Both of those things are always going to be true. Markets are never rational in the short term. And almost always rational in the long run. So my approach to that fact is to keep a lot of “dry powder” and invest in every round at our pro-rata share or less if the price seems truly irrational. Early stage venture capital is often less susceptible to market gyrations because we get our ownership at a low valuation and keep it but generally don’t increase it much as the valuations increase. And you have to be patient and ride the gyrations out, as long as the company is doing its job of mitigating risk.

And new risks will always show up. No investment plays out the way you think it is going to play out when you make the investment. So you can never price the risks you are taking correctly. My approach to that is to two fold. Don’t freak out too badly when the risks you never saw show up. And have a lot of “dry powder” to insure that you and the company can face the risks, deal with them, and mitigate them as well.

Risk and return are correlated in the long run. Taking risks is the key to making big returns. But you must learn to live with risk, mitigate risk, and price risk as best you can.”

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reboot10 on 26/27 June in Copenhagen

Do you want to know all the latest on the social network scene then visit reboot10?

“reboot is a community event for the practical visionaries who are at the intersection of digital technology and change all around us…

2 days a year. 500 people. A journey into the interconnectedness of creation, participation, values, openness, decentralization, collaboration, complexity, technology, p2p, humanities, connectedness and many more areas.

Applied towards us as individuals, citizens, teachers, culture workers, entrepreneurs, creators and change makers.

This years subject for exploration by all of us is “free” – as in free to flow, no only the price point free. Read more about “free”…”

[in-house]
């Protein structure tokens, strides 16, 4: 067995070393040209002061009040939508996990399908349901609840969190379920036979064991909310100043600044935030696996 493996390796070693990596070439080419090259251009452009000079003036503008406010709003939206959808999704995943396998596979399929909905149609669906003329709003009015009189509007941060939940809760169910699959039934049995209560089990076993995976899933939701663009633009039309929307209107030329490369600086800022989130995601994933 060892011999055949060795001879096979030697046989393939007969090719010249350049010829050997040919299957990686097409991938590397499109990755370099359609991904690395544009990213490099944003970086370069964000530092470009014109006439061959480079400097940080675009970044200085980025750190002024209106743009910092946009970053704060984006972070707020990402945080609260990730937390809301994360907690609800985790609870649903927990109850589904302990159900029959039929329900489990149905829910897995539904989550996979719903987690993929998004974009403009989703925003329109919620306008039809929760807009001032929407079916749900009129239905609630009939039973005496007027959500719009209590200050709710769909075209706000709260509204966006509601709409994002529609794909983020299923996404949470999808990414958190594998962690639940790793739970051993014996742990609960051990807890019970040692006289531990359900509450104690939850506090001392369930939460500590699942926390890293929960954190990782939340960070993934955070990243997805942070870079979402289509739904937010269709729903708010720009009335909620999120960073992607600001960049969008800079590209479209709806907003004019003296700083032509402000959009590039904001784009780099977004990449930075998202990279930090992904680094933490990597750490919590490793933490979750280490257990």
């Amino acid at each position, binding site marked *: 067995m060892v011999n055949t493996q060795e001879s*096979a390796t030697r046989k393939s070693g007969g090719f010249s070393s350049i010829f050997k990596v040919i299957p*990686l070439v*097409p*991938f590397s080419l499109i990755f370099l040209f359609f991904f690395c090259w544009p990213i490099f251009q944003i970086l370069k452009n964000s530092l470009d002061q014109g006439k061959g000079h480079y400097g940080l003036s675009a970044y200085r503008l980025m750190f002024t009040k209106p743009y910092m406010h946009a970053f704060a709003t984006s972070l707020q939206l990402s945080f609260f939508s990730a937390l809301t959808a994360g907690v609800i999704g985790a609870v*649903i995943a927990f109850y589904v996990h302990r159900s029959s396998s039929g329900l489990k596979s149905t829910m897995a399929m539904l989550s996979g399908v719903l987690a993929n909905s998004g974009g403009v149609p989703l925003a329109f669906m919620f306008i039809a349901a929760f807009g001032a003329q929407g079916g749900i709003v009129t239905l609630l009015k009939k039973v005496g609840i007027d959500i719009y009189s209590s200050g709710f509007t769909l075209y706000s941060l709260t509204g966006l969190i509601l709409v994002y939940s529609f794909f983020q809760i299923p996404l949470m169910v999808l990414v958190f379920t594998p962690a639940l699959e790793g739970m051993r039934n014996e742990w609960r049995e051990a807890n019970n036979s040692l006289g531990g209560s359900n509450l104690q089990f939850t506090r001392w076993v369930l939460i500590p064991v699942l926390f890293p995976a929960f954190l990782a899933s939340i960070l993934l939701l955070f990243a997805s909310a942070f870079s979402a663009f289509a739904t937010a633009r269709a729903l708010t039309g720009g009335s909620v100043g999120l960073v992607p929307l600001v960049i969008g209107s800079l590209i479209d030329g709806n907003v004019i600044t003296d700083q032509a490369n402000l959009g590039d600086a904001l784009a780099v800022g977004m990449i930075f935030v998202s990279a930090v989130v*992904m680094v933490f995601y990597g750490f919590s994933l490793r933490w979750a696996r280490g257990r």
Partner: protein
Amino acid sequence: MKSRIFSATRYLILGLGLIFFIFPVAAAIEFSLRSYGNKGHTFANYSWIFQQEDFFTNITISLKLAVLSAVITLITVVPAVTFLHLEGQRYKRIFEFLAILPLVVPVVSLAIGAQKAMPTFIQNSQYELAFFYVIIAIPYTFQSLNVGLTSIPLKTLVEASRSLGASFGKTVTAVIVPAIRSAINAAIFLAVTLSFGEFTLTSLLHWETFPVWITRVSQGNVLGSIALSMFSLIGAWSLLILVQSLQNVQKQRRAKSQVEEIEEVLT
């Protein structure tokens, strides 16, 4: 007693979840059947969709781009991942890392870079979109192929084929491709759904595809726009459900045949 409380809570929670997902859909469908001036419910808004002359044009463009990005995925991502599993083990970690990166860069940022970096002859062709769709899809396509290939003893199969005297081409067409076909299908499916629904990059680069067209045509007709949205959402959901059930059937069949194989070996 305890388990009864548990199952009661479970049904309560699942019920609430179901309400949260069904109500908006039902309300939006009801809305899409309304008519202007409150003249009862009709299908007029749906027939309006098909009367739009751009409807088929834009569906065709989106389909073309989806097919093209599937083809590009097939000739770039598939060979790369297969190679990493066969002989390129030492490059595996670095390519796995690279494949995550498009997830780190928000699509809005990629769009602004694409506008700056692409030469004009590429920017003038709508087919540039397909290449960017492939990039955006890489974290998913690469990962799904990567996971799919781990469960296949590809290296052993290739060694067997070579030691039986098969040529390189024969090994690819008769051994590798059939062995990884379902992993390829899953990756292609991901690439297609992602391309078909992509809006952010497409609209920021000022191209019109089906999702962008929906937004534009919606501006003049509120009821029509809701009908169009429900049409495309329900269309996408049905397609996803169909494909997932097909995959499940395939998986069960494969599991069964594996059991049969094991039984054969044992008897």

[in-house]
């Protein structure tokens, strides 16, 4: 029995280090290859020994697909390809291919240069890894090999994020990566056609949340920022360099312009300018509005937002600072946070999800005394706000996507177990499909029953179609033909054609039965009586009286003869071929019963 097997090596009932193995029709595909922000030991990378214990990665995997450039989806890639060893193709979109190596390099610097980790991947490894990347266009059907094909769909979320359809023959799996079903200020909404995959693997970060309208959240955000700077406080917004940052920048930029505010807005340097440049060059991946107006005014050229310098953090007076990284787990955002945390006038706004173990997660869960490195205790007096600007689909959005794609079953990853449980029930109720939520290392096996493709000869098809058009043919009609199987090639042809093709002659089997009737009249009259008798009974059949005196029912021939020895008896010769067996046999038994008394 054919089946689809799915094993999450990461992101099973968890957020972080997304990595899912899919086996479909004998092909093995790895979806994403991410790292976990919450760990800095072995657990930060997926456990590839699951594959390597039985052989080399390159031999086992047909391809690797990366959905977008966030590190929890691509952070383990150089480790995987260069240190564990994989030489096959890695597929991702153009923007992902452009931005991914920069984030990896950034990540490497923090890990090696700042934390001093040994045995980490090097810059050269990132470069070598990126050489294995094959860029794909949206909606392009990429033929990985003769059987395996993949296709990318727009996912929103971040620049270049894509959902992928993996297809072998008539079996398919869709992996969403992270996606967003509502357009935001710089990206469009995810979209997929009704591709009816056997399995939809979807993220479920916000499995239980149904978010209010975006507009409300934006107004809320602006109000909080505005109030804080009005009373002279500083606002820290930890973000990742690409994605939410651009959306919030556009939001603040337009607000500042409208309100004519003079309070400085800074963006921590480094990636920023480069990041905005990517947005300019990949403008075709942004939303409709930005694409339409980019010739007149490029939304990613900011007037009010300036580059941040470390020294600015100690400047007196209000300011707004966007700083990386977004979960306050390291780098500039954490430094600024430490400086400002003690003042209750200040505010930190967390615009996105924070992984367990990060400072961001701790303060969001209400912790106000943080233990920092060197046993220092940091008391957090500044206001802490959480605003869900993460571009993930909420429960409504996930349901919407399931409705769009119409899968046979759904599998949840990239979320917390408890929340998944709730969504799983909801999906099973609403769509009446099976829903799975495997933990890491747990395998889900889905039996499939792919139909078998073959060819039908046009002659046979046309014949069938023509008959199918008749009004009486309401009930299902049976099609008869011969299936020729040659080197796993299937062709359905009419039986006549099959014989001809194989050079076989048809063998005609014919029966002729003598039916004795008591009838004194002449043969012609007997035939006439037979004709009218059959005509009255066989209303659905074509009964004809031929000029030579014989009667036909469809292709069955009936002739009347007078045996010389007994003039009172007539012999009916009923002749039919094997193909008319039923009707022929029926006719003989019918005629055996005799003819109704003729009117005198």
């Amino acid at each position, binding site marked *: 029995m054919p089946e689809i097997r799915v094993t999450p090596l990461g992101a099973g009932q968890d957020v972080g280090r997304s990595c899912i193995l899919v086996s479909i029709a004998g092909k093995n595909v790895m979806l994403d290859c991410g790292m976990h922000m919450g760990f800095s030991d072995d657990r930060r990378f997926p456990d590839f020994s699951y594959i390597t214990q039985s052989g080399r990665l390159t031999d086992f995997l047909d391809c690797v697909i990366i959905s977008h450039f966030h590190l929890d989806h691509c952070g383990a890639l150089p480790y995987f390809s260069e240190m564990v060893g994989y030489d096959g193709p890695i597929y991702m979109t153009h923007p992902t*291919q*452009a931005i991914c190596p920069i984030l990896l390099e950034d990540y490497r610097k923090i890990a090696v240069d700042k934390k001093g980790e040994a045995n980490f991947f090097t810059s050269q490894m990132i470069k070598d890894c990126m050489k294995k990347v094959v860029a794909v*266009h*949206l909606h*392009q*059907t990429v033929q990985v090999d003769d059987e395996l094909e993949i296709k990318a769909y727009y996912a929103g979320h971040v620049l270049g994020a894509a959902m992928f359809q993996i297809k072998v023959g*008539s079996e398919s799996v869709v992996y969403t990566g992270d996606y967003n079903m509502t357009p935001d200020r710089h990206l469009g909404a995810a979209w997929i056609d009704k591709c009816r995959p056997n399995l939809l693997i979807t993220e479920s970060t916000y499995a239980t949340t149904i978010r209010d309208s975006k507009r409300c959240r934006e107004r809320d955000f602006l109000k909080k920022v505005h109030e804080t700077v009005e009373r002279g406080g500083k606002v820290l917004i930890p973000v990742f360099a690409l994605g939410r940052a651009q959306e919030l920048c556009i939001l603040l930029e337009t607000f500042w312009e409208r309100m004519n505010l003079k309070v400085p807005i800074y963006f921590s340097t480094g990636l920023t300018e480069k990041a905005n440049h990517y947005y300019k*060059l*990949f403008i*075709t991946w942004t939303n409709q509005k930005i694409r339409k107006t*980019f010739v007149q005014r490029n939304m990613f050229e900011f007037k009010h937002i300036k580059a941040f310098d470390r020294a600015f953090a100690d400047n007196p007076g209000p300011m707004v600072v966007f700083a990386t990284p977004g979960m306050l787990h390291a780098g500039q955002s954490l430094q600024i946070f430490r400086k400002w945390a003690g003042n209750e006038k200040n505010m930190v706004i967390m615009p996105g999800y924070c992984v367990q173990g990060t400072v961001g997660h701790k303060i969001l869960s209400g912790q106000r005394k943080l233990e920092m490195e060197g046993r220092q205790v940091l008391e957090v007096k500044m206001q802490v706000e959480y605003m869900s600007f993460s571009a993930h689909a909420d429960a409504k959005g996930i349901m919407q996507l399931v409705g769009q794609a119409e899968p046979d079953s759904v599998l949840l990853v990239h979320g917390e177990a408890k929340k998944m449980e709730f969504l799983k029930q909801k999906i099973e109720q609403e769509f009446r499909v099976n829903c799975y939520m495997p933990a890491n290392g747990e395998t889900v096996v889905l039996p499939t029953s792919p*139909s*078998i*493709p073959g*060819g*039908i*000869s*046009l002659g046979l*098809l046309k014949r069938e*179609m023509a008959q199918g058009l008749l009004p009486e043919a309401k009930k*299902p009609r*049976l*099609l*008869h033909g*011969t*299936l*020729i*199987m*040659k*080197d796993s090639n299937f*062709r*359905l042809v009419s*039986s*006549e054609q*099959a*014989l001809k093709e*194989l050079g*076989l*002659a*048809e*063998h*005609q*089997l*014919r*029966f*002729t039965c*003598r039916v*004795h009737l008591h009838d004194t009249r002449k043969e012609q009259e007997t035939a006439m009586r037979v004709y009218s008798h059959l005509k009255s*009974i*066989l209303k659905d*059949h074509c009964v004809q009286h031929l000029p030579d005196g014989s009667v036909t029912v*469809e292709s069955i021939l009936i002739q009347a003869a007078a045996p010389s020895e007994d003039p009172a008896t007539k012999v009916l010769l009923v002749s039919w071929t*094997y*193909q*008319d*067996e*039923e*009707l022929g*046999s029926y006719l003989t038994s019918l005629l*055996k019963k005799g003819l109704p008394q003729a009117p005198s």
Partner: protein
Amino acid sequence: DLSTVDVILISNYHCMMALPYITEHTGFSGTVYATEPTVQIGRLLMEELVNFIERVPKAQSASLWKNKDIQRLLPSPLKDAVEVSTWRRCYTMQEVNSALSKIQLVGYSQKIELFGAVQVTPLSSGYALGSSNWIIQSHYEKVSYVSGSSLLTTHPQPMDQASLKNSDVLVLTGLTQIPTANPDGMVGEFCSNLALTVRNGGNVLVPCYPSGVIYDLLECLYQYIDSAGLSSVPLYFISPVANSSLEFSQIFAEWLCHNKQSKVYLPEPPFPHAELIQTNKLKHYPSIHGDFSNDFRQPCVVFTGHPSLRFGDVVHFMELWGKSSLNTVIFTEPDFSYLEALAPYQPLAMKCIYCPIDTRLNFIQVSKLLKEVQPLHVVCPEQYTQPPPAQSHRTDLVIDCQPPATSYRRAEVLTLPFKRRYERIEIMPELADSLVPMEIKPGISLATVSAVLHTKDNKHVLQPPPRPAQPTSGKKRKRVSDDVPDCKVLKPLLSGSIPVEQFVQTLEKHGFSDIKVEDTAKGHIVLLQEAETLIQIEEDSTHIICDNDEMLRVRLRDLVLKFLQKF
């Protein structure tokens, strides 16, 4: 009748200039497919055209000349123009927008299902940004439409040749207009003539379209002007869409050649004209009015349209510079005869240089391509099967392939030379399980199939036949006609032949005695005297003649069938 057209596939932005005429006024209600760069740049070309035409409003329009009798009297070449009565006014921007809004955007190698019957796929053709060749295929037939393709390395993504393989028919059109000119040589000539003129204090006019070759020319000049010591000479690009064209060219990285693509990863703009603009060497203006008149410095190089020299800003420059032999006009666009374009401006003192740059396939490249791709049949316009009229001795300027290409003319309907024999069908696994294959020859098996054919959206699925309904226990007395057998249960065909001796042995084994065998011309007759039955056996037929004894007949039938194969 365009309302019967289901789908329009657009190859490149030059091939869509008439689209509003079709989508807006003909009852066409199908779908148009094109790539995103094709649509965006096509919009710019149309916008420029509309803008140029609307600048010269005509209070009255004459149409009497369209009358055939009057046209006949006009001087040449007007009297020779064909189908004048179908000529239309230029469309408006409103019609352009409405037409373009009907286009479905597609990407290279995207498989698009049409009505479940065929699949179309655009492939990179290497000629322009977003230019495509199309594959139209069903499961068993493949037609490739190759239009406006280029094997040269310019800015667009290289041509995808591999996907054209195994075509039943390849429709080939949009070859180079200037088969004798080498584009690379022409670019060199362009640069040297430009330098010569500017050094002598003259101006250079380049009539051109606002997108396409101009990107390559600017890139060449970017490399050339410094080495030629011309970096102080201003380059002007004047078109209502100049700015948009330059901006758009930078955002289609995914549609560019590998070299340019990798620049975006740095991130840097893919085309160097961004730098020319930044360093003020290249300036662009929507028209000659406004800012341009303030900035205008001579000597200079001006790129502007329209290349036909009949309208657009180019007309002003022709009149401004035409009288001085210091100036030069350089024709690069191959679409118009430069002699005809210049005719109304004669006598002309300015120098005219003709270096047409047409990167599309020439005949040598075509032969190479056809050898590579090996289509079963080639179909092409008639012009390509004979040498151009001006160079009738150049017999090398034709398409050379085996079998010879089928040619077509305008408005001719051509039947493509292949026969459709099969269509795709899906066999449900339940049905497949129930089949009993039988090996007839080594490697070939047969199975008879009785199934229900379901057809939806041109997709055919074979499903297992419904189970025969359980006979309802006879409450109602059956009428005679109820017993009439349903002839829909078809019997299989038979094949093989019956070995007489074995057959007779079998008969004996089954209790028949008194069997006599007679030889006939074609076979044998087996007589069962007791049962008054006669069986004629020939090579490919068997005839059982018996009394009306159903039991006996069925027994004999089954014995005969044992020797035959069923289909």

Tipped for the top of Tesco?

The Daily Telegraph feature called Public Life on 15 May 2008 introduces a new Tesco star to the world, Daniel Gilesenan.  As Tesco moves from a UK grocer to a major international corporation with M & A activity round the world, perhaps the next leader will come from the corporate world.  Gilesnan is Tesco: business development director reporting directly to the main board.  Having “excelled in financial studies at the University of Queensland he found his feet in quickly in the deal making world” of London with Deutsche Bank where he made “some serious” money.

His interest in Asia will help Tesco’s expansion plans.  However unlike the current leader of Tesco, he manages to “perform at reasonable level while remaining somewhat disengaged”.

One to watch I guess as the senior team are paid “serious money” but disengaged they are not.  Watch this space!

Lots of people at

290 people work in London and New York for, the company run by Natalie Massenet.  Perhaps that is why she is believed to be securing more funding to add to the current list of investors: Richemont, the French luxury good group and Baywinds, a Venezuelan company which both hold 28pc stakes.  Ms Massenet is believed to hold 17pc.  With hopes of the upmarket fashion business being worth as much as £250m.

Bebo employed around 100 when it was sold for $800million and CraigsList employs around 25 with a valuation of billions.